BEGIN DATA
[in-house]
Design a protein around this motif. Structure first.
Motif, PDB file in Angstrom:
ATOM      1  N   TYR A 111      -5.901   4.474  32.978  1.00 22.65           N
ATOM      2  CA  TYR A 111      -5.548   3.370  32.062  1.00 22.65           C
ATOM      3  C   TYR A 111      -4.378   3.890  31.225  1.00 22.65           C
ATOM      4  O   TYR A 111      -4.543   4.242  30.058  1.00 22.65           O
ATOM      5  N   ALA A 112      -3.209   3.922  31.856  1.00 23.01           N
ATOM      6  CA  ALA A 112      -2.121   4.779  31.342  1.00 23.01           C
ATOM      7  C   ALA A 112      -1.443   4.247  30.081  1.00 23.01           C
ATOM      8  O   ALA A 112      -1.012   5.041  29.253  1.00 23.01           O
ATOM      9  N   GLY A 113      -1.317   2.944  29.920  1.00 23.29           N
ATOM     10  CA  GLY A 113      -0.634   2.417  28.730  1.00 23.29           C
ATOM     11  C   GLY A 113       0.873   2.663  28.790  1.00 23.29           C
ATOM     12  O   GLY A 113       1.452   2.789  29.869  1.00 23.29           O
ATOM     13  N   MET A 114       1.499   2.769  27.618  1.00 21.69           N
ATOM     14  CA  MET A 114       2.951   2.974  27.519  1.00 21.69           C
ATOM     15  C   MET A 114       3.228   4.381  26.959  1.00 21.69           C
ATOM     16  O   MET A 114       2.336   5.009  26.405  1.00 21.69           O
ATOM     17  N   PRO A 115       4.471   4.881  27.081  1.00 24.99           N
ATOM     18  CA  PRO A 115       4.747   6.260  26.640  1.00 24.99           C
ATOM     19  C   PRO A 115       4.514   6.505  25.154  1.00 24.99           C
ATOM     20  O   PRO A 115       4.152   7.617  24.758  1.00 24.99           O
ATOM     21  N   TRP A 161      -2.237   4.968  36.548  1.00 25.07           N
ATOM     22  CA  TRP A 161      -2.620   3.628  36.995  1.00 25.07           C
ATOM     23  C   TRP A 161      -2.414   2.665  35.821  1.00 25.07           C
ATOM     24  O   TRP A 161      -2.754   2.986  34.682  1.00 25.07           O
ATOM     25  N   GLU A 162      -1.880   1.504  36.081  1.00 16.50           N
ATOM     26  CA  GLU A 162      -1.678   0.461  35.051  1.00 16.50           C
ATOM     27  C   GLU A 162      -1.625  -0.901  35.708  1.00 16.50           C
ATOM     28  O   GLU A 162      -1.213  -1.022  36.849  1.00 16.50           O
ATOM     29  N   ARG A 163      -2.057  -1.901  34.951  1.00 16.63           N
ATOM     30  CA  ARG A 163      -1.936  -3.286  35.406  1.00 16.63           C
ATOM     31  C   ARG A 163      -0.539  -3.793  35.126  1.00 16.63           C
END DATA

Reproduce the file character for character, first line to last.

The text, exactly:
[in-house]
Design a protein around this motif. Structure first.
Motif, PDB file in Angstrom:
ATOM      1  N   TYR A 111      -5.901   4.474  32.978  1.00 22.65           N
ATOM      2  CA  TYR A 111      -5.548   3.370  32.062  1.00 22.65           C
ATOM      3  C   TYR A 111      -4.378   3.890  31.225  1.00 22.65           C
ATOM      4  O   TYR A 111      -4.543   4.242  30.058  1.00 22.65           O
ATOM      5  N   ALA A 112      -3.209   3.922  31.856  1.00 23.01           N
ATOM      6  CA  ALA A 112      -2.121   4.779  31.342  1.00 23.01           C
ATOM      7  C   ALA A 112      -1.443   4.247  30.081  1.00 23.01           C
ATOM      8  O   ALA A 112      -1.012   5.041  29.253  1.00 23.01           O
ATOM      9  N   GLY A 113      -1.317   2.944  29.920  1.00 23.29           N
ATOM     10  CA  GLY A 113      -0.634   2.417  28.730  1.00 23.29           C
ATOM     11  C   GLY A 113       0.873   2.663  28.790  1.00 23.29           C
ATOM     12  O   GLY A 113       1.452   2.789  29.869  1.00 23.29           O
ATOM     13  N   MET A 114       1.499   2.769  27.618  1.00 21.69           N
ATOM     14  CA  MET A 114       2.951   2.974  27.519  1.00 21.69           C
ATOM     15  C   MET A 114       3.228   4.381  26.959  1.00 21.69           C
ATOM     16  O   MET A 114       2.336   5.009  26.405  1.00 21.69           O
ATOM     17  N   PRO A 115       4.471   4.881  27.081  1.00 24.99           N
ATOM     18  CA  PRO A 115       4.747   6.260  26.640  1.00 24.99           C
ATOM     19  C   PRO A 115       4.514   6.505  25.154  1.00 24.99           C
ATOM     20  O   PRO A 115       4.152   7.617  24.758  1.00 24.99           O
ATOM     21  N   TRP A 161      -2.237   4.968  36.548  1.00 25.07           N
ATOM     22  CA  TRP A 161      -2.620   3.628  36.995  1.00 25.07           C
ATOM     23  C   TRP A 161      -2.414   2.665  35.821  1.00 25.07           C
ATOM     24  O   TRP A 161      -2.754   2.986  34.682  1.00 25.07           O
ATOM     25  N   GLU A 162      -1.880   1.504  36.081  1.00 16.50           N
ATOM     26  CA  GLU A 162      -1.678   0.461  35.051  1.00 16.50           C
ATOM     27  C   GLU A 162      -1.625  -0.901  35.708  1.00 16.50           C
ATOM     28  O   GLU A 162      -1.213  -1.022  36.849  1.00 16.50           O
ATOM     29  N   ARG A 163      -2.057  -1.901  34.951  1.00 16.63           N
ATOM     30  CA  ARG A 163      -1.936  -3.286  35.406  1.00 16.63           C
ATOM     31  C   ARG A 163      -0.539  -3.793  35.126  1.00 16.63           C